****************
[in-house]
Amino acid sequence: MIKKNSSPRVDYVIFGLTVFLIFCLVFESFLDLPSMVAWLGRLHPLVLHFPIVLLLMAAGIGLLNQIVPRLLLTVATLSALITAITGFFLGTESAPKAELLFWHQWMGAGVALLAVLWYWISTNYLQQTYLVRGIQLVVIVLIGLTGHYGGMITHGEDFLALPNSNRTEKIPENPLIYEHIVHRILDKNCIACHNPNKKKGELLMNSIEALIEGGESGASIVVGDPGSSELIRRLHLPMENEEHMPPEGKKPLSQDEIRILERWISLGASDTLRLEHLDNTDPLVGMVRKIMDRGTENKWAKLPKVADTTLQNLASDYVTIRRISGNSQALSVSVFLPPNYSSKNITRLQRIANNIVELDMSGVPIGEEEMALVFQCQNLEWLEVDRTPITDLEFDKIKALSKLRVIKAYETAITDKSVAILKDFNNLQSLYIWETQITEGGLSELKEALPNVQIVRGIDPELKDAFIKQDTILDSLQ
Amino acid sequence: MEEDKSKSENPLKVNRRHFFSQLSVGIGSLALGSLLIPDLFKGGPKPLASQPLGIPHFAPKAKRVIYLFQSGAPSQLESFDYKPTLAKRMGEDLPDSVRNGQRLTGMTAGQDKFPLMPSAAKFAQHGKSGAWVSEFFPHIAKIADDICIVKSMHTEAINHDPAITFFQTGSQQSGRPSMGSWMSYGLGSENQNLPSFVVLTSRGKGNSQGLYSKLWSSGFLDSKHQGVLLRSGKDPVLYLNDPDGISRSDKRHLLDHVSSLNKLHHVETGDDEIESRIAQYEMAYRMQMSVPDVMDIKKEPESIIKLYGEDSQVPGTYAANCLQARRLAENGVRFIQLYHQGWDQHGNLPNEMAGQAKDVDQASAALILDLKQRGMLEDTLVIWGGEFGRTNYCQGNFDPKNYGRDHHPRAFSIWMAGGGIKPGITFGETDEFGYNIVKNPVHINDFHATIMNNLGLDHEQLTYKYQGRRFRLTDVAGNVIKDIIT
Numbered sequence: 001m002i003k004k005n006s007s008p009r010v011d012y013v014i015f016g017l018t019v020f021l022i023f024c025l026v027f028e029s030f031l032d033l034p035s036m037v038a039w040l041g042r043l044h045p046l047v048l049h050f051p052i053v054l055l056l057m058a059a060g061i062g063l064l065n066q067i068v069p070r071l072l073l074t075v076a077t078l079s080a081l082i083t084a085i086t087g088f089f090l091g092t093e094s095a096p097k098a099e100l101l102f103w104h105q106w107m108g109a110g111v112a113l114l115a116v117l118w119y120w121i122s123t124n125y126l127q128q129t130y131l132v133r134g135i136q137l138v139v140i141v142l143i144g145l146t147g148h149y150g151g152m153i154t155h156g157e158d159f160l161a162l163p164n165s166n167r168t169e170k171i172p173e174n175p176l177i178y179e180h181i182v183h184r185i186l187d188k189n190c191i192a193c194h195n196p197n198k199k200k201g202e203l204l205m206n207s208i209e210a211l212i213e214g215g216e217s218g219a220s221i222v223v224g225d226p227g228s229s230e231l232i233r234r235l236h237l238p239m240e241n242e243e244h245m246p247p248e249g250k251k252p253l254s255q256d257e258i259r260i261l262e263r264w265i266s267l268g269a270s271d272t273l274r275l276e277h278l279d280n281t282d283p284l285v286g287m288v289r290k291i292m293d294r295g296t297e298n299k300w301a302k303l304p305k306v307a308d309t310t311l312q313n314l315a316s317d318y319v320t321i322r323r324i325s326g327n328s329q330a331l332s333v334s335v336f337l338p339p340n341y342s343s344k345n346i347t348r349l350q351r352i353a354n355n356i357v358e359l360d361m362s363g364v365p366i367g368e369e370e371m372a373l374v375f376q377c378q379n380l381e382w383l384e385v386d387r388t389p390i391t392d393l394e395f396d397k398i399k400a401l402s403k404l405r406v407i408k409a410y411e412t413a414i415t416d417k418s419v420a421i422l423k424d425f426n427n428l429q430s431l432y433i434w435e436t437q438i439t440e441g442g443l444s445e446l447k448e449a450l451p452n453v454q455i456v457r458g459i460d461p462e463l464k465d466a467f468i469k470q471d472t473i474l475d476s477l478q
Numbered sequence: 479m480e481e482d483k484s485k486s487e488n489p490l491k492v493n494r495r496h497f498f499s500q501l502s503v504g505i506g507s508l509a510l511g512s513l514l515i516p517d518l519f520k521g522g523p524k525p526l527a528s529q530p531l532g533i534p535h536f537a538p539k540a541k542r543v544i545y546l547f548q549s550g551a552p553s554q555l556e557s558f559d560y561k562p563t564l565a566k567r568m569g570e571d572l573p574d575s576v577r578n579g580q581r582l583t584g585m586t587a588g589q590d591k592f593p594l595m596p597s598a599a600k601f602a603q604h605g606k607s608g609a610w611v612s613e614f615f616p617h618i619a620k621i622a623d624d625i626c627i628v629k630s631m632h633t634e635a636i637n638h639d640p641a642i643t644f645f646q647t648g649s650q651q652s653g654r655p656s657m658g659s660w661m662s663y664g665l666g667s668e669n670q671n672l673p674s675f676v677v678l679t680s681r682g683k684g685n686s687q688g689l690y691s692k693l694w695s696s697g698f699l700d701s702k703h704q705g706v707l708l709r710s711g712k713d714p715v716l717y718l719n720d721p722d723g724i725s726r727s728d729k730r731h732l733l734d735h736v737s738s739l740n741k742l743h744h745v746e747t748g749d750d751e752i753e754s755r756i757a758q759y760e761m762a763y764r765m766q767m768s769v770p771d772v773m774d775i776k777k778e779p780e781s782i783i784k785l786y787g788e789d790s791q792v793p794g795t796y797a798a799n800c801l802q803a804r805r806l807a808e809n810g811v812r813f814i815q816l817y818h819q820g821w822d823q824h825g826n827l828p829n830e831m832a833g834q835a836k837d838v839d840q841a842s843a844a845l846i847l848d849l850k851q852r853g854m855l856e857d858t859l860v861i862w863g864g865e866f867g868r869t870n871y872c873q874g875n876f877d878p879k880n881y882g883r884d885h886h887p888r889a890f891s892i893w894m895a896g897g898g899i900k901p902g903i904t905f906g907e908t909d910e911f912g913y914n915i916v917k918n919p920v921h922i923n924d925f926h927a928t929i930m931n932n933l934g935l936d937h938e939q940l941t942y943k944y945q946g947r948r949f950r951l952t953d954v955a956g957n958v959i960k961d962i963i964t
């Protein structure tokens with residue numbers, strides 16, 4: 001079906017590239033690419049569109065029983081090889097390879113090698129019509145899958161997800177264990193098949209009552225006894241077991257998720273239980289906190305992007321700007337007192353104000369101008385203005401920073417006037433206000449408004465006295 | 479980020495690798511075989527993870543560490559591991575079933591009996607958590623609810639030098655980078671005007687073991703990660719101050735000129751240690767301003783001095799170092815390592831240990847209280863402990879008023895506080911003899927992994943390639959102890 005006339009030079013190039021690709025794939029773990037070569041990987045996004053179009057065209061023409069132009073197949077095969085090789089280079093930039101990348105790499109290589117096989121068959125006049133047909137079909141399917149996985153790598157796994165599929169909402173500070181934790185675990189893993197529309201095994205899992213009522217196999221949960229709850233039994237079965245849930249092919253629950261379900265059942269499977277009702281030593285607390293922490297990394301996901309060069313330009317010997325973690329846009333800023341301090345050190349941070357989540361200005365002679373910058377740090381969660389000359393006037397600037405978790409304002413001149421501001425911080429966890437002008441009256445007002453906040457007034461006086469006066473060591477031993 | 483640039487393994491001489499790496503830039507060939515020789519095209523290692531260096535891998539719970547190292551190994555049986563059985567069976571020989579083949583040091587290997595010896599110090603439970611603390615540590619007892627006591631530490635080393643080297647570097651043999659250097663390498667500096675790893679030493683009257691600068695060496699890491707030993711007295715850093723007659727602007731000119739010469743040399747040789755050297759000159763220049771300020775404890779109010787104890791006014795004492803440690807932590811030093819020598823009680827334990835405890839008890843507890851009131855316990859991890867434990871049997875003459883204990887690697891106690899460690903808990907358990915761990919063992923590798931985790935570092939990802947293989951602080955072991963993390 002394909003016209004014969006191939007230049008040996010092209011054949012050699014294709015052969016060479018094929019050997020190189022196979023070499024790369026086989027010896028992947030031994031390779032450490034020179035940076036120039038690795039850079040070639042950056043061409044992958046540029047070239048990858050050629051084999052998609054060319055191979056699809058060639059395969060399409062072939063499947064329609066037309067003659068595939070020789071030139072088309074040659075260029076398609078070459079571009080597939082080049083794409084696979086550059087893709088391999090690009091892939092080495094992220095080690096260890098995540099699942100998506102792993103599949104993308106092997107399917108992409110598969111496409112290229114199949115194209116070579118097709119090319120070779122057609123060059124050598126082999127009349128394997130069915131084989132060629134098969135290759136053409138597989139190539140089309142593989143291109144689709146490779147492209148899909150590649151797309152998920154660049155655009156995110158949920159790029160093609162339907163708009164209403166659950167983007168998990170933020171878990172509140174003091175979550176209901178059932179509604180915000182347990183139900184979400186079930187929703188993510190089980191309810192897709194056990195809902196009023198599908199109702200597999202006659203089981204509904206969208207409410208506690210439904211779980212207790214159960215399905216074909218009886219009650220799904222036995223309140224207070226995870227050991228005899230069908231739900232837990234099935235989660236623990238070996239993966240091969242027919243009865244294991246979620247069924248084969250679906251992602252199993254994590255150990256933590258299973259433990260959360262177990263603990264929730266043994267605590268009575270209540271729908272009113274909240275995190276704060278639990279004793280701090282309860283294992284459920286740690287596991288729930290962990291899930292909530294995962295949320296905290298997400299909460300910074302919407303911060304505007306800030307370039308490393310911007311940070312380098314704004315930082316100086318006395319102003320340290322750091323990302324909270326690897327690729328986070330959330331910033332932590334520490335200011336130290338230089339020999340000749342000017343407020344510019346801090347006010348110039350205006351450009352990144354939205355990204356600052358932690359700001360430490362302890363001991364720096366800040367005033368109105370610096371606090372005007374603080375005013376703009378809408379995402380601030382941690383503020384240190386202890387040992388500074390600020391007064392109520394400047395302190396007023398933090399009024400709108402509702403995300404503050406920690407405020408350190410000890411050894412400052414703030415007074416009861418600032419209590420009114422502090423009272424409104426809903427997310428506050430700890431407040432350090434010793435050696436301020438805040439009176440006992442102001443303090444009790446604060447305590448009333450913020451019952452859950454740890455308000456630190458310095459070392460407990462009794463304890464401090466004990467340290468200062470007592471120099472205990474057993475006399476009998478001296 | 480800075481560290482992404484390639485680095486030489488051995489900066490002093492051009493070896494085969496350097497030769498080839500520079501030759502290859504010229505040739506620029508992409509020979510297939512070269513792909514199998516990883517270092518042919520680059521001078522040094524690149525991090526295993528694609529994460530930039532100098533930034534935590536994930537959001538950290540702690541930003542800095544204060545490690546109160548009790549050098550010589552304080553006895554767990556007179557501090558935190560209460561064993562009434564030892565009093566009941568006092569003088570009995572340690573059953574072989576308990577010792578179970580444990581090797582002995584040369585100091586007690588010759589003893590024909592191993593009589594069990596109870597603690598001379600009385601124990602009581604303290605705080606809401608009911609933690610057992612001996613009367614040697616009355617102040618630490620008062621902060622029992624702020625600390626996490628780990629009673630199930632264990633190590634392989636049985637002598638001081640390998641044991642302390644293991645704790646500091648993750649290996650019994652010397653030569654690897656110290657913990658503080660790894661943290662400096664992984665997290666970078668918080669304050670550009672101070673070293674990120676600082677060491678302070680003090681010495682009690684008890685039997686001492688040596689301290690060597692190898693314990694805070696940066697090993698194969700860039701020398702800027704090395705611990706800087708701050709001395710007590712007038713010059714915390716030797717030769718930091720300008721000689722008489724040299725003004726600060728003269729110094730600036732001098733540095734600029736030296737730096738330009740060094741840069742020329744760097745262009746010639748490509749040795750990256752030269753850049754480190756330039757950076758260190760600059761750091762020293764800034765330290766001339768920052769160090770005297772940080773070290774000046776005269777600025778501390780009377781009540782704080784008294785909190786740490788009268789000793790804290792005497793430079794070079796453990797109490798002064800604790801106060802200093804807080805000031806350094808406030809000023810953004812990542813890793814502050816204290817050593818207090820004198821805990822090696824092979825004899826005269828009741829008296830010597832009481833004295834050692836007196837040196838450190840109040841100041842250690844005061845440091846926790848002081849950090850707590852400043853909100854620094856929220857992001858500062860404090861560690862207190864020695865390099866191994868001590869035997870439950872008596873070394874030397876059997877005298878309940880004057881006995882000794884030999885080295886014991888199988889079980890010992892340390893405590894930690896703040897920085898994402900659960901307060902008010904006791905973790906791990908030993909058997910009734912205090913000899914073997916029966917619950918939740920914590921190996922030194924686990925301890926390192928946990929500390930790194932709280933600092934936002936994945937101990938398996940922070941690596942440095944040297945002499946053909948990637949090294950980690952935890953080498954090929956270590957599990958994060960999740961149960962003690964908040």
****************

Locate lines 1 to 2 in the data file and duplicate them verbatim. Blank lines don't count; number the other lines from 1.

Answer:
[in-house]
Amino acid sequence: MIKKNSSPRVDYVIFGLTVFLIFCLVFESFLDLPSMVAWLGRLHPLVLHFPIVLLLMAAGIGLLNQIVPRLLLTVATLSALITAITGFFLGTESAPKAELLFWHQWMGAGVALLAVLWYWISTNYLQQTYLVRGIQLVVIVLIGLTGHYGGMITHGEDFLALPNSNRTEKIPENPLIYEHIVHRILDKNCIACHNPNKKKGELLMNSIEALIEGGESGASIVVGDPGSSELIRRLHLPMENEEHMPPEGKKPLSQDEIRILERWISLGASDTLRLEHLDNTDPLVGMVRKIMDRGTENKWAKLPKVADTTLQNLASDYVTIRRISGNSQALSVSVFLPPNYSSKNITRLQRIANNIVELDMSGVPIGEEEMALVFQCQNLEWLEVDRTPITDLEFDKIKALSKLRVIKAYETAITDKSVAILKDFNNLQSLYIWETQITEGGLSELKEALPNVQIVRGIDPELKDAFIKQDTILDSLQ